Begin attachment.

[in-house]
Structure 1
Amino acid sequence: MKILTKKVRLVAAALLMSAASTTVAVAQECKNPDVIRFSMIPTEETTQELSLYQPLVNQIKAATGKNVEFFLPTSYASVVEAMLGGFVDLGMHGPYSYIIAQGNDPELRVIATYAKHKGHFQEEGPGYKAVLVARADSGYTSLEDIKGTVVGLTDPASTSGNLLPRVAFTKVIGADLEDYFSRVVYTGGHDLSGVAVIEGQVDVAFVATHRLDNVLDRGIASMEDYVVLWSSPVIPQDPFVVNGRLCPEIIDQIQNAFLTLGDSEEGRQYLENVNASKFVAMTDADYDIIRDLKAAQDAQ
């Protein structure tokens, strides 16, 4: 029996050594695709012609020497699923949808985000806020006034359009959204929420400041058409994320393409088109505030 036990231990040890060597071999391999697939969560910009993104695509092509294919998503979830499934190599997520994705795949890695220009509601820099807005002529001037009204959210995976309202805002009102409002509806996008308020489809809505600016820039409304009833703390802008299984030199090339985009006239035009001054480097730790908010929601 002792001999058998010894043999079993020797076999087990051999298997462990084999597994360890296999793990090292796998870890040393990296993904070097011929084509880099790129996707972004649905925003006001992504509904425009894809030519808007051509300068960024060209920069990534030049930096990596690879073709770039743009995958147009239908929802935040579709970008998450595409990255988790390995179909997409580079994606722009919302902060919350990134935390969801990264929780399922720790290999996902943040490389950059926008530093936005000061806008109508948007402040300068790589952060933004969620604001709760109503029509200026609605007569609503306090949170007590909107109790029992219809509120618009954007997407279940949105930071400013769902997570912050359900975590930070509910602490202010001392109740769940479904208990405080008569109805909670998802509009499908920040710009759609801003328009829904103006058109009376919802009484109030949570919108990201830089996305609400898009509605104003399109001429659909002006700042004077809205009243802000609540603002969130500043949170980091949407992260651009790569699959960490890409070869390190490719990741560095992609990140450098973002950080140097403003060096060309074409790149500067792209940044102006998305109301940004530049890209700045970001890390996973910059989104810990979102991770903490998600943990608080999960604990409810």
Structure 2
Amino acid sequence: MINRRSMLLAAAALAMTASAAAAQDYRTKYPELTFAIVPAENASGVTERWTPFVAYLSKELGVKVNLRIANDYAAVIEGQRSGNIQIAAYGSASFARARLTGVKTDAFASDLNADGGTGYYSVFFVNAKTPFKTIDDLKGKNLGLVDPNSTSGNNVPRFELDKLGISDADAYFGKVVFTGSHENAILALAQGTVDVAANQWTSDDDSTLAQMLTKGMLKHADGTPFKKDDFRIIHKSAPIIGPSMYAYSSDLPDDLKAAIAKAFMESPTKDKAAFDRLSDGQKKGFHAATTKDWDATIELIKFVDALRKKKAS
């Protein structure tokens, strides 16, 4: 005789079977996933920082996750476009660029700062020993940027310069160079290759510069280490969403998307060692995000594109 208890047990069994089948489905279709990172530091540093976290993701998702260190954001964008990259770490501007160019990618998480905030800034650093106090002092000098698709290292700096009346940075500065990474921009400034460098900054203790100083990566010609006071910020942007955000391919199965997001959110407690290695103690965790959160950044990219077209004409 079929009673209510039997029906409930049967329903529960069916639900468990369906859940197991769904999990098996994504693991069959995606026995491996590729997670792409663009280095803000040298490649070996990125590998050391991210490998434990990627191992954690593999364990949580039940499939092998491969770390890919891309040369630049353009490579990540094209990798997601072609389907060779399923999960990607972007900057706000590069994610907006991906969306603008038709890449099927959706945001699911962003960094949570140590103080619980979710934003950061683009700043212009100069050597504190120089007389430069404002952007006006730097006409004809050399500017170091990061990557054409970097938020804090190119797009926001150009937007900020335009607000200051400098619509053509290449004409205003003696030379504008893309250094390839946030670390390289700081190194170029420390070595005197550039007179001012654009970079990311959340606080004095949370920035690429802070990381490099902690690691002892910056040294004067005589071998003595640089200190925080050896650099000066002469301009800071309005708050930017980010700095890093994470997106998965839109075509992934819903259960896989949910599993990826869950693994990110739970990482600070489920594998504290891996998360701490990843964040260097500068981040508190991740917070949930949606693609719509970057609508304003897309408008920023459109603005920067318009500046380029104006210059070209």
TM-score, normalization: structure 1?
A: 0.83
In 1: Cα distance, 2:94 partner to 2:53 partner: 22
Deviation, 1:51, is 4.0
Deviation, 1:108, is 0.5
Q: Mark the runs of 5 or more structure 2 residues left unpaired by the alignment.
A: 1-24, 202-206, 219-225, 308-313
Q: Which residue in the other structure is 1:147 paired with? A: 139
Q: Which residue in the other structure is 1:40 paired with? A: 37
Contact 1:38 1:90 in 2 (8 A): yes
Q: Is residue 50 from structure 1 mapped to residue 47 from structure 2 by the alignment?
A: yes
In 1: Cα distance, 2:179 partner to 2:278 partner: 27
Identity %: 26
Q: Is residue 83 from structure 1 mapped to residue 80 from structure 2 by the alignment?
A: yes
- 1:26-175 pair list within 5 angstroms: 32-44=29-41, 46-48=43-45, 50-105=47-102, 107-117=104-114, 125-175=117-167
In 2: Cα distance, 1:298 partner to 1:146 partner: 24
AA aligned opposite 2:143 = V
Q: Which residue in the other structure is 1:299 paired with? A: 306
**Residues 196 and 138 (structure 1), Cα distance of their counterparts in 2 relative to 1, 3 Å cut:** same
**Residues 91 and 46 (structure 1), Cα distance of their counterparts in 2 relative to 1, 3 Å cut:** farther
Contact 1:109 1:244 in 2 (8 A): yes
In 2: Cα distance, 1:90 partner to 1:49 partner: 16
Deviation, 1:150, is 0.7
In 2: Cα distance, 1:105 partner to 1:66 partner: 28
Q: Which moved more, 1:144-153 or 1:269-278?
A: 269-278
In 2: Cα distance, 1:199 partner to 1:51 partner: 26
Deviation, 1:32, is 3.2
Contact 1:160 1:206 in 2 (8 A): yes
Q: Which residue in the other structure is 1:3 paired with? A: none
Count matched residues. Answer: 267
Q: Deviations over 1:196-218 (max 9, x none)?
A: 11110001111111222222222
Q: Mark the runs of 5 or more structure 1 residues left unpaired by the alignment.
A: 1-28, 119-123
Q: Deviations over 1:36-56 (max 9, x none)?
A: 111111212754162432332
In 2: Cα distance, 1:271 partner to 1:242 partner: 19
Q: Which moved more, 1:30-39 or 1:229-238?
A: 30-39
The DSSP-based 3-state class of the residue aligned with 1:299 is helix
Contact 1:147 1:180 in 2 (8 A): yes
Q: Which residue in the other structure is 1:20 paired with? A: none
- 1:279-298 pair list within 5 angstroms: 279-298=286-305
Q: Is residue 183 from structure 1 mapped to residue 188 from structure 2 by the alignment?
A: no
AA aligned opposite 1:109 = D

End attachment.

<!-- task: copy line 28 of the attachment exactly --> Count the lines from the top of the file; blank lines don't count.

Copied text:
**Residues 196 and 138 (structure 1), Cα distance of their counterparts in 2 relative to 1, 3 Å cut:** same